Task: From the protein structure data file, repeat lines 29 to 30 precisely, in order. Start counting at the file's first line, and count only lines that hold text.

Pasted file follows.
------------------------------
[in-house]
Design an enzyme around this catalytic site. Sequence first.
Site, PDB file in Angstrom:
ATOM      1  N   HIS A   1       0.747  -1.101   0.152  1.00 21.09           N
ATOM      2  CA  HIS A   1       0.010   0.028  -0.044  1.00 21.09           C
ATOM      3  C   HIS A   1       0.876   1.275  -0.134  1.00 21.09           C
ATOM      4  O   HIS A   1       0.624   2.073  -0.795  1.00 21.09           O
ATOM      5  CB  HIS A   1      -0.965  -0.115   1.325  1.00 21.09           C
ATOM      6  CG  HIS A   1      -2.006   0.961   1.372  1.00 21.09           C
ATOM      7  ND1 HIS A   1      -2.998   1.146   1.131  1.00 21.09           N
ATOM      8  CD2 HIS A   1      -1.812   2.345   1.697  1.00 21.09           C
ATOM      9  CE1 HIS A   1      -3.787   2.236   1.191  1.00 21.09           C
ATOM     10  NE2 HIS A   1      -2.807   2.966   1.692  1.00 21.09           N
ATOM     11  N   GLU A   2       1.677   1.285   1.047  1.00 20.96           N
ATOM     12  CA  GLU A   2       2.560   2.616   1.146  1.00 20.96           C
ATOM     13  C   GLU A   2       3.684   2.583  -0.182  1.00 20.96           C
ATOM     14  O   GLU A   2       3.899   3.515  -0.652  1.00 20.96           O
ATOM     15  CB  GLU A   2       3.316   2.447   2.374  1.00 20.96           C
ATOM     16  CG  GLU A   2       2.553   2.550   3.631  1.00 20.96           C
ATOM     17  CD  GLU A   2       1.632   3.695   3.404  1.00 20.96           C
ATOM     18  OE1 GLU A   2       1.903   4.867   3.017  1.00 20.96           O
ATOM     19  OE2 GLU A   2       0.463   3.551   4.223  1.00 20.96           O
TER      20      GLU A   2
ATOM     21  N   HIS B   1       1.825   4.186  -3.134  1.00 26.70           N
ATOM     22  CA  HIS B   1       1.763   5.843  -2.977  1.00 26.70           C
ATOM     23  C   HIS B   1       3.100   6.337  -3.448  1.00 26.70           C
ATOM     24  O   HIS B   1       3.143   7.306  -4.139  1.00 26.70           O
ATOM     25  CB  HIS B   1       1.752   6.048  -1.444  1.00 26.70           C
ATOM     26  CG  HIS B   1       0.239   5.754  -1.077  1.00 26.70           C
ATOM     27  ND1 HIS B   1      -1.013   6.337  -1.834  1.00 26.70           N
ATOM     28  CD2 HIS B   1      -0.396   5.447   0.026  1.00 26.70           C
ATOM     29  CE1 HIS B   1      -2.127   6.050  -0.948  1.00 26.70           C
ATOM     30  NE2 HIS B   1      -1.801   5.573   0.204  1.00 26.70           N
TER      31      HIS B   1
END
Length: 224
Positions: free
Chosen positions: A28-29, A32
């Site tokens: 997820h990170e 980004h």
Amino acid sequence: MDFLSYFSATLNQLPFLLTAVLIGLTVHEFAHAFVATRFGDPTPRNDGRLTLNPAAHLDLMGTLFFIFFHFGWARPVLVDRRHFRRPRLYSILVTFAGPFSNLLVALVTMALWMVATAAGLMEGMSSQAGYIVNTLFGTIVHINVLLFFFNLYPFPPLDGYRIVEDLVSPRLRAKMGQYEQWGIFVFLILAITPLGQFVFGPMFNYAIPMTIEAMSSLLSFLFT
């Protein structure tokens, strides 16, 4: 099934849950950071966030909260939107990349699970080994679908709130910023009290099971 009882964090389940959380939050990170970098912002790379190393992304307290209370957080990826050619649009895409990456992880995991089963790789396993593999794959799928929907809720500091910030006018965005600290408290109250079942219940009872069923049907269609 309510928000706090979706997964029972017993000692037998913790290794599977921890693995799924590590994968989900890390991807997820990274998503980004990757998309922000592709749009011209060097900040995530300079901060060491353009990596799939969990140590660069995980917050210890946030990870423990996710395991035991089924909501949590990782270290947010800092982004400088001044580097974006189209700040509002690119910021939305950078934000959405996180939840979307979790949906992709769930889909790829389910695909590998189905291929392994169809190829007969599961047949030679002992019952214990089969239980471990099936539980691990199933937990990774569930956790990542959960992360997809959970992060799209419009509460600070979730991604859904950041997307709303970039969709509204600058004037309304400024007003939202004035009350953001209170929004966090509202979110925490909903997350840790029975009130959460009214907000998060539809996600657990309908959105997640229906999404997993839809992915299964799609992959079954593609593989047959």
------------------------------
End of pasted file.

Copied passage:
ATOM     26  CG  HIS B   1       0.239   5.754  -1.077  1.00 26.70           C
ATOM     27  ND1 HIS B   1      -1.013   6.337  -1.834  1.00 26.70           N